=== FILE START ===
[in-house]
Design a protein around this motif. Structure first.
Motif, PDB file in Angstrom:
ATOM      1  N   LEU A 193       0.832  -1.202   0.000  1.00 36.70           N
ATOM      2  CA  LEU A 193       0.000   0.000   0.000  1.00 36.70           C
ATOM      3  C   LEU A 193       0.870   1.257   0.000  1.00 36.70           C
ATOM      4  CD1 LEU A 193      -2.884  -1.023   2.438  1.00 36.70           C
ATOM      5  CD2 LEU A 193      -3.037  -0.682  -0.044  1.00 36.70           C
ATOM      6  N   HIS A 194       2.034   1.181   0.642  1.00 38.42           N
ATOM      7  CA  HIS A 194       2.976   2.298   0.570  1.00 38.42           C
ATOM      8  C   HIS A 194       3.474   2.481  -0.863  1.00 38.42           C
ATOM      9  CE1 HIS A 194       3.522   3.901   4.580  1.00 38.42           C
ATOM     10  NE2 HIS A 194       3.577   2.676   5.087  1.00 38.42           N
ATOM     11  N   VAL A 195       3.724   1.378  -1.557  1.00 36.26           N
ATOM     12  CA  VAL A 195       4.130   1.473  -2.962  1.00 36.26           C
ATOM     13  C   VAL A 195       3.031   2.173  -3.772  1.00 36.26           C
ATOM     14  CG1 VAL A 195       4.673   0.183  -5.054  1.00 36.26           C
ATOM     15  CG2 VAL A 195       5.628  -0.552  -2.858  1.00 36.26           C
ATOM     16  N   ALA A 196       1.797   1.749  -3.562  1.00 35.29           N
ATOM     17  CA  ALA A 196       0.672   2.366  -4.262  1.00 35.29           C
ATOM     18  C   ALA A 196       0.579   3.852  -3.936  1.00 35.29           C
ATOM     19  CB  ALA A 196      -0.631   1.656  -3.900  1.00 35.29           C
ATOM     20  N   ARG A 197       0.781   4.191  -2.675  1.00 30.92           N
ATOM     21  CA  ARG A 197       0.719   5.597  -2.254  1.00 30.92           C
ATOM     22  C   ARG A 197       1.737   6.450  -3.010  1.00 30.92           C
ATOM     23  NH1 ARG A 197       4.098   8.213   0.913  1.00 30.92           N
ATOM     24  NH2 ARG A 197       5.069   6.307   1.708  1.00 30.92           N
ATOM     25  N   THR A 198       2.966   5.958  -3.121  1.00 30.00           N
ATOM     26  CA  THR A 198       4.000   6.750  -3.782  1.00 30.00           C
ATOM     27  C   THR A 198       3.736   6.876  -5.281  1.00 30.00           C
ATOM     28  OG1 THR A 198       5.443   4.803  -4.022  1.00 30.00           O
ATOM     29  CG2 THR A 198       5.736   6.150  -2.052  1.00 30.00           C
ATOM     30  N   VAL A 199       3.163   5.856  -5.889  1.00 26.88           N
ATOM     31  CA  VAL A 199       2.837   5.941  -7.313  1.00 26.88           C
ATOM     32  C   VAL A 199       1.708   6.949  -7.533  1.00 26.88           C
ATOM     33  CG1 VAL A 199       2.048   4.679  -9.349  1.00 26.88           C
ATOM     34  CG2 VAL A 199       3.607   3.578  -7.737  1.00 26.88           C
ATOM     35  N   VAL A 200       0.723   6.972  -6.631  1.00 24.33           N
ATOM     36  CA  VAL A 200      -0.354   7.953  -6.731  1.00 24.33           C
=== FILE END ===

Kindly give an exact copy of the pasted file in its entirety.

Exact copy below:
[in-house]
Design a protein around this motif. Structure first.
Motif, PDB file in Angstrom:
ATOM      1  N   LEU A 193       0.832  -1.202   0.000  1.00 36.70           N
ATOM      2  CA  LEU A 193       0.000   0.000   0.000  1.00 36.70           C
ATOM      3  C   LEU A 193       0.870   1.257   0.000  1.00 36.70           C
ATOM      4  CD1 LEU A 193      -2.884  -1.023   2.438  1.00 36.70           C
ATOM      5  CD2 LEU A 193      -3.037  -0.682  -0.044  1.00 36.70           C
ATOM      6  N   HIS A 194       2.034   1.181   0.642  1.00 38.42           N
ATOM      7  CA  HIS A 194       2.976   2.298   0.570  1.00 38.42           C
ATOM      8  C   HIS A 194       3.474   2.481  -0.863  1.00 38.42           C
ATOM      9  CE1 HIS A 194       3.522   3.901   4.580  1.00 38.42           C
ATOM     10  NE2 HIS A 194       3.577   2.676   5.087  1.00 38.42           N
ATOM     11  N   VAL A 195       3.724   1.378  -1.557  1.00 36.26           N
ATOM     12  CA  VAL A 195       4.130   1.473  -2.962  1.00 36.26           C
ATOM     13  C   VAL A 195       3.031   2.173  -3.772  1.00 36.26           C
ATOM     14  CG1 VAL A 195       4.673   0.183  -5.054  1.00 36.26           C
ATOM     15  CG2 VAL A 195       5.628  -0.552  -2.858  1.00 36.26           C
ATOM     16  N   ALA A 196       1.797   1.749  -3.562  1.00 35.29           N
ATOM     17  CA  ALA A 196       0.672   2.366  -4.262  1.00 35.29           C
ATOM     18  C   ALA A 196       0.579   3.852  -3.936  1.00 35.29           C
ATOM     19  CB  ALA A 196      -0.631   1.656  -3.900  1.00 35.29           C
ATOM     20  N   ARG A 197       0.781   4.191  -2.675  1.00 30.92           N
ATOM     21  CA  ARG A 197       0.719   5.597  -2.254  1.00 30.92           C
ATOM     22  C   ARG A 197       1.737   6.450  -3.010  1.00 30.92           C
ATOM     23  NH1 ARG A 197       4.098   8.213   0.913  1.00 30.92           N
ATOM     24  NH2 ARG A 197       5.069   6.307   1.708  1.00 30.92           N
ATOM     25  N   THR A 198       2.966   5.958  -3.121  1.00 30.00           N
ATOM     26  CA  THR A 198       4.000   6.750  -3.782  1.00 30.00           C
ATOM     27  C   THR A 198       3.736   6.876  -5.281  1.00 30.00           C
ATOM     28  OG1 THR A 198       5.443   4.803  -4.022  1.00 30.00           O
ATOM     29  CG2 THR A 198       5.736   6.150  -2.052  1.00 30.00           C
ATOM     30  N   VAL A 199       3.163   5.856  -5.889  1.00 26.88           N
ATOM     31  CA  VAL A 199       2.837   5.941  -7.313  1.00 26.88           C
ATOM     32  C   VAL A 199       1.708   6.949  -7.533  1.00 26.88           C
ATOM     33  CG1 VAL A 199       2.048   4.679  -9.349  1.00 26.88           C
ATOM     34  CG2 VAL A 199       3.607   3.578  -7.737  1.00 26.88           C
ATOM     35  N   VAL A 200       0.723   6.972  -6.631  1.00 24.33           N
ATOM     36  CA  VAL A 200      -0.354   7.953  -6.731  1.00 24.33           C